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Memory is an illusion

Page history last edited by Alex Backer, Ph.D. 13 years, 4 months ago

We live under the illusion that we have rather complete memories of what happens to us. This illusion is reinforced by the fact that a) we don't remember what we don't remember, and b) we tend to remember best what's important and behaviorally relevant, which explains why reality does not often confront us with our memory's failures. Furthermore, we typically have no record of 'reality' or even of past perception, and so we assume that what we remember is what really happened.

 

This illusion is exposed most sharply when a) we contrast our memories of shared events with others, who typically remember them differently, even when those events involve emotional episodes which one might think enjoy a more vivid representation, or b) are exposed to a repetition of a past stream of percepts, e.g. by a movie. In a movie, where perception is so disconnected from other memories as to make its encoding by the brain rather difficult, it is not unheard of, or even unusual, for almost an entire movie to be entirely forgotten, only for the subject to be reminded that he has seen it by one scene remembered.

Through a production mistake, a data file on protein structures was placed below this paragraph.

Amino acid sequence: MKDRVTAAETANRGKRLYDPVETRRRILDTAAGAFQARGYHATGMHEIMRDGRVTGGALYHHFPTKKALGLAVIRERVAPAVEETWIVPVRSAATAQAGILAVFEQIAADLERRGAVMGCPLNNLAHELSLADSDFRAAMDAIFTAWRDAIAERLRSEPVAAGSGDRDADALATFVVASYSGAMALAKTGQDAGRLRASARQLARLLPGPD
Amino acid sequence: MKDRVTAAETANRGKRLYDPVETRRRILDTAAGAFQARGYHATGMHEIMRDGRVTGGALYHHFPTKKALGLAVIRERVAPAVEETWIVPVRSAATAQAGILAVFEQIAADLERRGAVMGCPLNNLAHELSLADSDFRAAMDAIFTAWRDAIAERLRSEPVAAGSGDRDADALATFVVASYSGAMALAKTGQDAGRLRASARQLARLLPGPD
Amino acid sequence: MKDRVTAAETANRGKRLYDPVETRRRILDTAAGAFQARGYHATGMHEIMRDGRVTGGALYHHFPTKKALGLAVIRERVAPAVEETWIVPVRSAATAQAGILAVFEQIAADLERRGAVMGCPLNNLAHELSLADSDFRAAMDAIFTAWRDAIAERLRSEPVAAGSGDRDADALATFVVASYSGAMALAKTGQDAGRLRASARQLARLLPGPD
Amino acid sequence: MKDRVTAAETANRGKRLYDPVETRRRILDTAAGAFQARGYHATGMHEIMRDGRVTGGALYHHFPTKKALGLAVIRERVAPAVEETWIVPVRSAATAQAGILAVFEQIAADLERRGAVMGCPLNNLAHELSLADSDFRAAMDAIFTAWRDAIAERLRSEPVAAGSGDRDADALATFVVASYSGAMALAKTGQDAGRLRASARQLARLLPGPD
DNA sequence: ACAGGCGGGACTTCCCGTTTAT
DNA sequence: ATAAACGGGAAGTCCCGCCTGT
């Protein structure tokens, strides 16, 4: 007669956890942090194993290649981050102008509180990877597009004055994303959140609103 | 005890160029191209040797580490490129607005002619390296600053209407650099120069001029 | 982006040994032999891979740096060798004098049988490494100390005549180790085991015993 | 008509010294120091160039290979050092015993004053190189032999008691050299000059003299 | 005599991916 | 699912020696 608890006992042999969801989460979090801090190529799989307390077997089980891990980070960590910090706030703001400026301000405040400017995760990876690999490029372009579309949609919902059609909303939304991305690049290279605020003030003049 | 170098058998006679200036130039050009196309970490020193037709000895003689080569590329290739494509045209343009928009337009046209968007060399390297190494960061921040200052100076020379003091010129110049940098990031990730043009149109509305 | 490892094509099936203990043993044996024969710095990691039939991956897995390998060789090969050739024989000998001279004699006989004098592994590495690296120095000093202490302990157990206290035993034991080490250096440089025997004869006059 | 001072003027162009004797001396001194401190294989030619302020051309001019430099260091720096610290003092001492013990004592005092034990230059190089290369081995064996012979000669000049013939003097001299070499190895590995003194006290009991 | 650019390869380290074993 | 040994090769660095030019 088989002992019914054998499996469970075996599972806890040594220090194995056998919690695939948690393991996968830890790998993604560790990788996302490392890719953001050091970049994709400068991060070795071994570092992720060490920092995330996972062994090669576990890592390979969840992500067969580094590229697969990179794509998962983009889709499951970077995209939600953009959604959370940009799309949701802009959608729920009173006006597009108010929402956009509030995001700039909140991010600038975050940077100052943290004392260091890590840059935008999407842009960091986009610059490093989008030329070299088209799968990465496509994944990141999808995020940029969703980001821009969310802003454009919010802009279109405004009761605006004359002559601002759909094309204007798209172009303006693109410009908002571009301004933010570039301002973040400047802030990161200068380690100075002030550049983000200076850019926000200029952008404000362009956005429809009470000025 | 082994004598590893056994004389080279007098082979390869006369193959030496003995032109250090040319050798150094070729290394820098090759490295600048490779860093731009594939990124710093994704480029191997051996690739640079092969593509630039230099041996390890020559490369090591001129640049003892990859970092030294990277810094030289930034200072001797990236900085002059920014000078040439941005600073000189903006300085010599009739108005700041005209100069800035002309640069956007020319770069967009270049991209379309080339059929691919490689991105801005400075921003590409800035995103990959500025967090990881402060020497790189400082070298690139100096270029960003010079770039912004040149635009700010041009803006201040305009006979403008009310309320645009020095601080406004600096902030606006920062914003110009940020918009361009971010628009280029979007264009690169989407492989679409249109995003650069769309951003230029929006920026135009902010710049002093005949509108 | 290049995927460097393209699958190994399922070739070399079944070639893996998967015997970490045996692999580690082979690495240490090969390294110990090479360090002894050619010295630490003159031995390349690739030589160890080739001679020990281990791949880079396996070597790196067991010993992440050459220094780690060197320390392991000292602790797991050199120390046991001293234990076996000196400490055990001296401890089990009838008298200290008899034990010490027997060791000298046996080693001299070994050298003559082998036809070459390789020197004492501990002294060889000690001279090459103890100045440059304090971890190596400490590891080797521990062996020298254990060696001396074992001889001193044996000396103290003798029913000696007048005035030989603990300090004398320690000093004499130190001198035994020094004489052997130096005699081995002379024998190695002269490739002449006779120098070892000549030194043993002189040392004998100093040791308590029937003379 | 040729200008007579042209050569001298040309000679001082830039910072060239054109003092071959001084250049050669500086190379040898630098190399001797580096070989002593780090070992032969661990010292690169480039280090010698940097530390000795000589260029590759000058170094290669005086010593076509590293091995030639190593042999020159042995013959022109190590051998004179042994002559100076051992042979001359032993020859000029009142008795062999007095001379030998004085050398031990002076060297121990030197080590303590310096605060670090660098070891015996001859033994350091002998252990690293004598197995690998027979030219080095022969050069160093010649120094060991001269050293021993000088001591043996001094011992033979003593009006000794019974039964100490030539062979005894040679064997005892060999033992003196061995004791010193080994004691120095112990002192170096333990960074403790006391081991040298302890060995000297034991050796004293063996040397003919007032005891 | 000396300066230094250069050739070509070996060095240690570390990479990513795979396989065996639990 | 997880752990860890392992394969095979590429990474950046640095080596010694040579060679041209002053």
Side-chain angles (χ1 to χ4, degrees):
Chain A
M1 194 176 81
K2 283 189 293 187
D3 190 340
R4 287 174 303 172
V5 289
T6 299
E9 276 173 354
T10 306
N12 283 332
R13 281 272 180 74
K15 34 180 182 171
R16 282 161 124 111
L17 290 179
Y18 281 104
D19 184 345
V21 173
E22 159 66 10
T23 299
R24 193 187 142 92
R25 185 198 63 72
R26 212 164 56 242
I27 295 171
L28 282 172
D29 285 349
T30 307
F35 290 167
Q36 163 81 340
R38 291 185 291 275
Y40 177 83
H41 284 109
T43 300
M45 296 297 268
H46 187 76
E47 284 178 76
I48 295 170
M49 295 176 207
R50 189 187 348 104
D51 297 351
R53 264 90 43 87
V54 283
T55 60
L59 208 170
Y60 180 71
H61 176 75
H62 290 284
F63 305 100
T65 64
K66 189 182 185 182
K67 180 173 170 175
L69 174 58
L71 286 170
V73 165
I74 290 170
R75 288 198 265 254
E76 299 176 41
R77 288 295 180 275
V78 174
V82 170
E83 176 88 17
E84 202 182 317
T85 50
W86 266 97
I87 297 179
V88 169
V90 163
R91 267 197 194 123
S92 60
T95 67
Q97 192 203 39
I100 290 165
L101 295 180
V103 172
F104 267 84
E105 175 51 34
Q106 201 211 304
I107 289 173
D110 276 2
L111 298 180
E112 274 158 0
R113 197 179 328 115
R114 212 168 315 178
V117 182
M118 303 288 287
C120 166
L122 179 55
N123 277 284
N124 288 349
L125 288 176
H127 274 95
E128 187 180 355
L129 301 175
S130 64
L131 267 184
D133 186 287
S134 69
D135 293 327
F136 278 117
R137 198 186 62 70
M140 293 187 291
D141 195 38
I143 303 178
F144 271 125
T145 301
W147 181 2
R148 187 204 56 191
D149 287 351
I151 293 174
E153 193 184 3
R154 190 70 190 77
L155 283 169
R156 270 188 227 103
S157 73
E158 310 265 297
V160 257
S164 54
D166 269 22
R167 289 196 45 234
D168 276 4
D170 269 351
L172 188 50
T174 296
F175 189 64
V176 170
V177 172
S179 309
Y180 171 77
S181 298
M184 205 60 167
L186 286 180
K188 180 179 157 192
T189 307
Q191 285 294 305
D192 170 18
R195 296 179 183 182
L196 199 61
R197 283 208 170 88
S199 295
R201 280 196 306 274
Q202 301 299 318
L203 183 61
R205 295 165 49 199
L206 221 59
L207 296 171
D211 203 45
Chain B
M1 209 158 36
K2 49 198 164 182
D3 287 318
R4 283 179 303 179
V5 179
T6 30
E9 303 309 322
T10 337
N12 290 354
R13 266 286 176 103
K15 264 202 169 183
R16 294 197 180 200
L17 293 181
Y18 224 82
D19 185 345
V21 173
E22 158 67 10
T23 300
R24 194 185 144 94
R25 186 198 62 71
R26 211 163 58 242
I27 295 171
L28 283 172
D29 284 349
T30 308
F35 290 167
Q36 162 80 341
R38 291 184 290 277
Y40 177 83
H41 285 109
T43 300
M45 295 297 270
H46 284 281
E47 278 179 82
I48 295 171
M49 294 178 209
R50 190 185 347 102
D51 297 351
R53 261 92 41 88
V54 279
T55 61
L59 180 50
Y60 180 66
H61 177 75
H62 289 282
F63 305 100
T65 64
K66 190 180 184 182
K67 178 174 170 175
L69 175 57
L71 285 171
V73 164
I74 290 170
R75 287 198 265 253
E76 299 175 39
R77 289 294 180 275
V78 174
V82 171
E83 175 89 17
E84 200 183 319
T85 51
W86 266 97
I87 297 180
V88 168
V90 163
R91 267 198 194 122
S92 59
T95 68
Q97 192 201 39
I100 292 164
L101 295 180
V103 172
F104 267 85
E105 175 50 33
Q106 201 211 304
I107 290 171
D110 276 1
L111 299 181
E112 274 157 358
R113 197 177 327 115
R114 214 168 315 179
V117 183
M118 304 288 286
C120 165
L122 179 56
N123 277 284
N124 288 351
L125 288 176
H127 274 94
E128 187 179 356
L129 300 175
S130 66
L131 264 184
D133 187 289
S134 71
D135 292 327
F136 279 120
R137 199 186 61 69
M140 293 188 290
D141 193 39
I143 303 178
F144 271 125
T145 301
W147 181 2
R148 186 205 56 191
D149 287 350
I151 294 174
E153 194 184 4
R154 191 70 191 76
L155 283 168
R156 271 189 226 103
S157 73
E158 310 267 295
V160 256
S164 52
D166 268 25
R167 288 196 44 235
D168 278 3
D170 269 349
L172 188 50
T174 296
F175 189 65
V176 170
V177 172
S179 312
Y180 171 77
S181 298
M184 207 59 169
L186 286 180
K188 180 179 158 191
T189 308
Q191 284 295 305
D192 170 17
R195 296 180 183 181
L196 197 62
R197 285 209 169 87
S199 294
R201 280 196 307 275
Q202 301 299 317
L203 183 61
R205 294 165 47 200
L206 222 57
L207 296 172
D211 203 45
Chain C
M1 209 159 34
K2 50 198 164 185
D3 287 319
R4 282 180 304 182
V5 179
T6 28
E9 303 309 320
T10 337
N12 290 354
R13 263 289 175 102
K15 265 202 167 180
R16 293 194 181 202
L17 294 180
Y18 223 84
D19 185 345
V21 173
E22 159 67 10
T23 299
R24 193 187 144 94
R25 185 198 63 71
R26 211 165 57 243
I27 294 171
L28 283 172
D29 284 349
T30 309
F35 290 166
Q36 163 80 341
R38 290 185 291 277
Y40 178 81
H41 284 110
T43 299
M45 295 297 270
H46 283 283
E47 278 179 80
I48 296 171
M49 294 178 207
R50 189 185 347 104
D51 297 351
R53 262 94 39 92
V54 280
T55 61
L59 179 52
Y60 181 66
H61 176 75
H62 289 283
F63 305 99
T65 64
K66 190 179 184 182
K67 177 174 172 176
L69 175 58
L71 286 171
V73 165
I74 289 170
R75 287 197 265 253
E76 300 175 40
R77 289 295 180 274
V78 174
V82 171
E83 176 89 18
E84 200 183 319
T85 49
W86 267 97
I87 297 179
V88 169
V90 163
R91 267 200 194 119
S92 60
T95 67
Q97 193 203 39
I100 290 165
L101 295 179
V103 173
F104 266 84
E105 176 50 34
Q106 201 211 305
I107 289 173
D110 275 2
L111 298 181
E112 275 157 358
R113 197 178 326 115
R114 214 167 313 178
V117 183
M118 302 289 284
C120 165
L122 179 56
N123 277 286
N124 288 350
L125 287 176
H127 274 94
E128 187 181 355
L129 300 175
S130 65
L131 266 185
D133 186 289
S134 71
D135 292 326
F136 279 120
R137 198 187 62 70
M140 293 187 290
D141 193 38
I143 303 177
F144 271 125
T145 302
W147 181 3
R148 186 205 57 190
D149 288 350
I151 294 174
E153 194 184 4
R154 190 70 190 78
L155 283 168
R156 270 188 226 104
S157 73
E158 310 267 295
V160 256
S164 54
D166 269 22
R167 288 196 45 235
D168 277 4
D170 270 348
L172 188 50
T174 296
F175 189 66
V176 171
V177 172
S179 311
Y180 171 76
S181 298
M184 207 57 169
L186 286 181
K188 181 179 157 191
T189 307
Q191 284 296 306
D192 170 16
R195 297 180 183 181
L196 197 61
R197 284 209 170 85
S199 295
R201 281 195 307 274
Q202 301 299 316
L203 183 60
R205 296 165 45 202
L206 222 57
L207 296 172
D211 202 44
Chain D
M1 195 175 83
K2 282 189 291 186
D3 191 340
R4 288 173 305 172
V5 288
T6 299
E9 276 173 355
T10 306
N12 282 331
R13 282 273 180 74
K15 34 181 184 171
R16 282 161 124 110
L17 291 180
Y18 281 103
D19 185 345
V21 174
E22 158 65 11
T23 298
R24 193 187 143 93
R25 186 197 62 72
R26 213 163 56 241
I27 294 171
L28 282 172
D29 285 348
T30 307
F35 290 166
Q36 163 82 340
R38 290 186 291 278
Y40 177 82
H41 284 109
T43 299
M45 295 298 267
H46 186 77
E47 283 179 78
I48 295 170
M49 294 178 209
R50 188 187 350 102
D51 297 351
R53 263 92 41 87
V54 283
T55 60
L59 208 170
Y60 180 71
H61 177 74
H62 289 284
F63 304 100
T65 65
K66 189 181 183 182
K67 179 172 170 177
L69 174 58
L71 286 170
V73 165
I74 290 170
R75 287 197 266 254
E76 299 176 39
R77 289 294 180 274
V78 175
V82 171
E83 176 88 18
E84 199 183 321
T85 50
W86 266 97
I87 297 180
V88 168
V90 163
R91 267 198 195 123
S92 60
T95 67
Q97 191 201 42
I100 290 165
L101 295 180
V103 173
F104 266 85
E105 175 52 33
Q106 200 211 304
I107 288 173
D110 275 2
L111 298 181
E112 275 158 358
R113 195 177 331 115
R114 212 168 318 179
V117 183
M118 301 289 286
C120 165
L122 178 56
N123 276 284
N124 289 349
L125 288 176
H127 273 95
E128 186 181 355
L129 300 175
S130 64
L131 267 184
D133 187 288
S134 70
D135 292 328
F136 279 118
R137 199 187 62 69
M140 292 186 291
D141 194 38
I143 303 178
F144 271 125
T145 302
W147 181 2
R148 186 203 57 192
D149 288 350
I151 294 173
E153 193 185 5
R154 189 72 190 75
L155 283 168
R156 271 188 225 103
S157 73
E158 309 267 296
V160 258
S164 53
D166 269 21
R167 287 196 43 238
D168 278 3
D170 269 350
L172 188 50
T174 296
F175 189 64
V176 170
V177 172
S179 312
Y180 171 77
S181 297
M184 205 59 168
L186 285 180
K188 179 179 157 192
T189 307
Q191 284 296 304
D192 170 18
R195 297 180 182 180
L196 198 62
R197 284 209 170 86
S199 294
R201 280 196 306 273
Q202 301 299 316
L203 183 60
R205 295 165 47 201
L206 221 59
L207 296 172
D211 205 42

It seems to me that different recollections of events is an important cause of disagreement between people. It appears desirable to rely on external memory devices. I deem it very likely that we will rely primarily on external devices for memory within a decade (see also "The Outsourced Brain"). Then again, if we don't, I won't remember I wrote this.

 

Altadena, October 28, 2007.

 

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